So, in addition to large weapons shipments into Europe, we now have poor girls getting doused with gasoline and gang-raped. Let me pause for a second and note how insane this would have sounded 5-10 years ago. And yet, here it is in the New York Times. This only scratches the surface of the ethnic tensions that currently exist in Europe.

Rotherham is not an isolated incident. The Cologne gropings were also so big (estimated 1,200 victims and 2,000 perpetrators) that the media had to report on it.

The establishment media admits that mass sexual assault towards women by Muslim immigrants is happening, and admits that terrorist attacks happen like Charlie Hebdo, Paris, but then drops the ball, and no sensible policy fixes are allowed to happen. Mass migration continues because politicians want it, and the media is in bed with them (consider which political parties the media supports, and which political parties the migrants will vote for).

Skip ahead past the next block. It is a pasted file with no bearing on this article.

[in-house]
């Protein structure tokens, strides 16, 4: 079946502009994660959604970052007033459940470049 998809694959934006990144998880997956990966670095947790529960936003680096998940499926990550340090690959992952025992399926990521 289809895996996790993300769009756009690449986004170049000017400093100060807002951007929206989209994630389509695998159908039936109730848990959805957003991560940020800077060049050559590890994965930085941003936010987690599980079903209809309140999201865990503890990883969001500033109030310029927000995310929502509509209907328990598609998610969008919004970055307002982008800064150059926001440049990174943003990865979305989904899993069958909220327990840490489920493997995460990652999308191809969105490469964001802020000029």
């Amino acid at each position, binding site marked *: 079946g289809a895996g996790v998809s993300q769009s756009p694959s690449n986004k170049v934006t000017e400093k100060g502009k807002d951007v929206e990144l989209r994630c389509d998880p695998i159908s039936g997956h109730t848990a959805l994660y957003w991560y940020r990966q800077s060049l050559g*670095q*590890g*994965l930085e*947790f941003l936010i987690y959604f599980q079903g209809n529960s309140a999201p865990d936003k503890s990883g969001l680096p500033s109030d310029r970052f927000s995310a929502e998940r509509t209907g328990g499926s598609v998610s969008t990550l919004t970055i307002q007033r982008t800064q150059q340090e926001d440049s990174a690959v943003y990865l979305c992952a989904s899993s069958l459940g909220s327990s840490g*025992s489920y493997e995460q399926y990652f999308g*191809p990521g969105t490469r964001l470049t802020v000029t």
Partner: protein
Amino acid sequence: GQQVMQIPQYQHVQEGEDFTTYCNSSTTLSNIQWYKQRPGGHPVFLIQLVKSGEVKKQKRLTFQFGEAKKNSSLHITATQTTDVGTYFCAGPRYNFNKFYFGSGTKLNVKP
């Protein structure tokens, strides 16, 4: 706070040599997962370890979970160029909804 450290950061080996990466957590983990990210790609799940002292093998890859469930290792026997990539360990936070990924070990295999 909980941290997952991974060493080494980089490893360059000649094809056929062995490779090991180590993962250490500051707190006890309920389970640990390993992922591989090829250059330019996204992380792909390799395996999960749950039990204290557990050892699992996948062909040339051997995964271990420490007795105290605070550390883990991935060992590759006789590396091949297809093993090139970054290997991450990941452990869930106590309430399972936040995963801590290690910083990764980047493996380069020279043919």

The alternative media is at the forefront of accurate reporting on the migrant crisis, which can be verified through video footage, government crime statistics, and mainstream media agreeing with them on some of the most egregious events (when the event cannot be covered up).

If we are in a world where mass sexual assault is happening, and coverups are happening, and the mainstream admits it, then all of the other claims of alternative media and right-wing media (e.g. Muslim no-go zones, Muslim morality patrols, Sharia Law) suddenly seem much more credible, even if mainstream media denies those claims.